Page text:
The world prevalence of ADHD ranges between 5-10%. The prevalence in Israel was generally studied from prescriptions of methylphenidate and not from cohorts of children.
We assessed the prevalence of ADHD among a cohort of early school age children in the Jewish and Arab populations using DSM-IV criteria and evaluated the difference between teachers’ and parental assessment. We also studied in the Jewish population the differences in several social-behavioral parameters between children with and without ADHD.
The rate of ADHD among the Jewish children was 9.5% and among the Arab children it was significantly lower – 7.35%. Teachers’ evaluation in the Jewish population was 2.3 times higher than parental evaluation but in the Arab population it was closer to that of the parents, being only 12% higher. In addition, there were more regulatory, behavioral and learning problems among the Jewish children with ADHD compared to children without ADHD.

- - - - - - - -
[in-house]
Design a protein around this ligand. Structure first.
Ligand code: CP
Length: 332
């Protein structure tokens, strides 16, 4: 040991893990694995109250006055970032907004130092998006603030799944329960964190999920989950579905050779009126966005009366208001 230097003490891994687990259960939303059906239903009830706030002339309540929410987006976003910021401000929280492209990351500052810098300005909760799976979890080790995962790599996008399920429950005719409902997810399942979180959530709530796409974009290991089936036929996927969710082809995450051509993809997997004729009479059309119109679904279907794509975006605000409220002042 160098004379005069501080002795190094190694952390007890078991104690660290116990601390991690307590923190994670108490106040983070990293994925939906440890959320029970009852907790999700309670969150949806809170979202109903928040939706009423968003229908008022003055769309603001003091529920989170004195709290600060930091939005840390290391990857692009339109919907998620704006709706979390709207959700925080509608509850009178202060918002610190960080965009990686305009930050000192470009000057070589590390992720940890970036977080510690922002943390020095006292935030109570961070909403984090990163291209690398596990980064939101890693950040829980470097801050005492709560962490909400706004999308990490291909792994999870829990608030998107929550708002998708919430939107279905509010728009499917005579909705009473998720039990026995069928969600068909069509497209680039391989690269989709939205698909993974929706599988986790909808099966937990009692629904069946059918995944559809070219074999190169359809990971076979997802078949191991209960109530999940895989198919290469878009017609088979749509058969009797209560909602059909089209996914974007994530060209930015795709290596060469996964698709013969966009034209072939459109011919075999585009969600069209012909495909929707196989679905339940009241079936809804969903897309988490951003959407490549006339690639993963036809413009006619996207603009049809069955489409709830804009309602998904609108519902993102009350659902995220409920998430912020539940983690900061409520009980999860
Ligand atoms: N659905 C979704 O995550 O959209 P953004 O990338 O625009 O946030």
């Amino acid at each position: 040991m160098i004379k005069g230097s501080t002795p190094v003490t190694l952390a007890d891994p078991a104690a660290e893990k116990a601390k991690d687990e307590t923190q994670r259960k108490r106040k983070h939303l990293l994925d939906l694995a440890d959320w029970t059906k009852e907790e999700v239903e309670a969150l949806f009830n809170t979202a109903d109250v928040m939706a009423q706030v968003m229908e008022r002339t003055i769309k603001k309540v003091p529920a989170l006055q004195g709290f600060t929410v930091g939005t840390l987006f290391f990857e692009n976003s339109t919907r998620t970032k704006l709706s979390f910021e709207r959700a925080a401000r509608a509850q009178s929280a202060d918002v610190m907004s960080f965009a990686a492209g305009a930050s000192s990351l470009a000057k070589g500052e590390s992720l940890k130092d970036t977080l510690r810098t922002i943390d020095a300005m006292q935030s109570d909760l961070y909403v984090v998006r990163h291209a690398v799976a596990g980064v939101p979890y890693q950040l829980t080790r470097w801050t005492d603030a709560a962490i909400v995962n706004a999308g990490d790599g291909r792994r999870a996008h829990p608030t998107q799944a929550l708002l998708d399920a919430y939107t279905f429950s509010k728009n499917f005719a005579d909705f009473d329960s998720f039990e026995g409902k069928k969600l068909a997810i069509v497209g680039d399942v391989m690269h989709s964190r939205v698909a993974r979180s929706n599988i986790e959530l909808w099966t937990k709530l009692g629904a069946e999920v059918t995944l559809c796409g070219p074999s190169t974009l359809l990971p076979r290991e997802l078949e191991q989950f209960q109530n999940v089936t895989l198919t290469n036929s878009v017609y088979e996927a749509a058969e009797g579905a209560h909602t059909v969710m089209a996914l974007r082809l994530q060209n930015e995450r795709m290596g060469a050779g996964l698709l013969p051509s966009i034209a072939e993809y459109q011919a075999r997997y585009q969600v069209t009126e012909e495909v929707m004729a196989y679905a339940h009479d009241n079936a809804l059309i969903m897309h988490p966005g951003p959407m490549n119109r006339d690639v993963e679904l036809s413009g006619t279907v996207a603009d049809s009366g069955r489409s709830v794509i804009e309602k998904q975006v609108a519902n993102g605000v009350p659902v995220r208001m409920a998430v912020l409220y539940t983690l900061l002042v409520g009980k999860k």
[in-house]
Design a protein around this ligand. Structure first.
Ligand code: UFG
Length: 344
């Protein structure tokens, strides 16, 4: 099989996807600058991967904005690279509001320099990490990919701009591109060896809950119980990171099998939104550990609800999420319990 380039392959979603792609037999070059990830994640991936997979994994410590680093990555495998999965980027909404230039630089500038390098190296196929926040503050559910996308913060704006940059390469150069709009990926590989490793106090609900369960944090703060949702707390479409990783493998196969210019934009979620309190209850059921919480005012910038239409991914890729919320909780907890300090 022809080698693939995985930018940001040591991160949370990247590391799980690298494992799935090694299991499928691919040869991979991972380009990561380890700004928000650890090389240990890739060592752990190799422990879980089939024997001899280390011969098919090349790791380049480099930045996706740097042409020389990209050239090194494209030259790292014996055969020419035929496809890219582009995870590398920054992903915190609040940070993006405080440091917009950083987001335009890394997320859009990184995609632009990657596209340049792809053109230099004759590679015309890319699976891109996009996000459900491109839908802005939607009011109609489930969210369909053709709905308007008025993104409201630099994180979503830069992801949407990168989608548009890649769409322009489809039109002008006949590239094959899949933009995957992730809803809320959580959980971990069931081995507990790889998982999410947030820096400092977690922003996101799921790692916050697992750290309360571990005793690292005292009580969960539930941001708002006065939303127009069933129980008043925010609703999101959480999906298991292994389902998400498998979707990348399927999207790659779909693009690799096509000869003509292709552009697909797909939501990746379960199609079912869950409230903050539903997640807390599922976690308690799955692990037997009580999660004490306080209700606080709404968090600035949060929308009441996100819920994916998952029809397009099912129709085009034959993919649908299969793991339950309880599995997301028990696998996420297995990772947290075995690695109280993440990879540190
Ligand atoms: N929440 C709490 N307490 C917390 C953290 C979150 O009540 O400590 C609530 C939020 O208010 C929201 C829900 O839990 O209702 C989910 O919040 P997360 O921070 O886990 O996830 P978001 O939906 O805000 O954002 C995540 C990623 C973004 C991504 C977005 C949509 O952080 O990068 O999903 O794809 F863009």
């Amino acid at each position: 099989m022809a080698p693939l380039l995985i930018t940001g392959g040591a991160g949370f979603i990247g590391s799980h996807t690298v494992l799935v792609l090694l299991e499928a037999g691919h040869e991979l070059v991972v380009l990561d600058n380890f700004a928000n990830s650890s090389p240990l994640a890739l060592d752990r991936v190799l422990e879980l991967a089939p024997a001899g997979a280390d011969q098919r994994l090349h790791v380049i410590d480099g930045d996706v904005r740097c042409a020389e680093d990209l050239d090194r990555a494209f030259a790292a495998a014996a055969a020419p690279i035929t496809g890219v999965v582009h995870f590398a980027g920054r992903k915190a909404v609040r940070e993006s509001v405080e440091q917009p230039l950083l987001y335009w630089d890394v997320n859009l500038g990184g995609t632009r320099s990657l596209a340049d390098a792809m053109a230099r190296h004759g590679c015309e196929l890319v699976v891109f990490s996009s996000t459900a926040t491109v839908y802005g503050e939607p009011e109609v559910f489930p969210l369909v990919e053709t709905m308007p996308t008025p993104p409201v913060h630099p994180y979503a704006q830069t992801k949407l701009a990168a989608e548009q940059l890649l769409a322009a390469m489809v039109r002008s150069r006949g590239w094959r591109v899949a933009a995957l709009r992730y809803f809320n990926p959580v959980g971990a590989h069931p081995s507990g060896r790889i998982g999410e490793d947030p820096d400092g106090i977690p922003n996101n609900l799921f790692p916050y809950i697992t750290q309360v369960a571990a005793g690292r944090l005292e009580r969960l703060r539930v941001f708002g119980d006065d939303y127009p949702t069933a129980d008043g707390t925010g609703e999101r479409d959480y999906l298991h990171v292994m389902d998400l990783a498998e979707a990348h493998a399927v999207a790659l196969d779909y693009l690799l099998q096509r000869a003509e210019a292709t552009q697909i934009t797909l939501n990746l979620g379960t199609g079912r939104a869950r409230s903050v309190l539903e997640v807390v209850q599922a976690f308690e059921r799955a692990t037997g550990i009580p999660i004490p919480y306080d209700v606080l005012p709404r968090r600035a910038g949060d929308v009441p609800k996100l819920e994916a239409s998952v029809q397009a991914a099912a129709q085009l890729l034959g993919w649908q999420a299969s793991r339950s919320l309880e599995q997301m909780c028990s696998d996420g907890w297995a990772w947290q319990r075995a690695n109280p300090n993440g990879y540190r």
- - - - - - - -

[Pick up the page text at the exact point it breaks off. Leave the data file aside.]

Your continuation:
The rates of ADHD in school age children among both Jews and Arabs fall within the average rate in other countries. The high difference between teachers’ and parental assessment of ADHD in the Jewish population emphasizes that ADHD diagnosis should rely on the joint behavioral assessment of both. The prevalence of ADHD in Jewish early school age children is slightly higher than in Arab children and the inattentive type is the most common. There is a discrepancy between teachers’ and parents’ evaluation of children’s behavior in the Jewish population, but this discrepancy is less in the Arab population.
The full article was published in the Israel Journal of Psychiatry and Related Sciences Vol. 53 (2), pp. 3-9, 2016.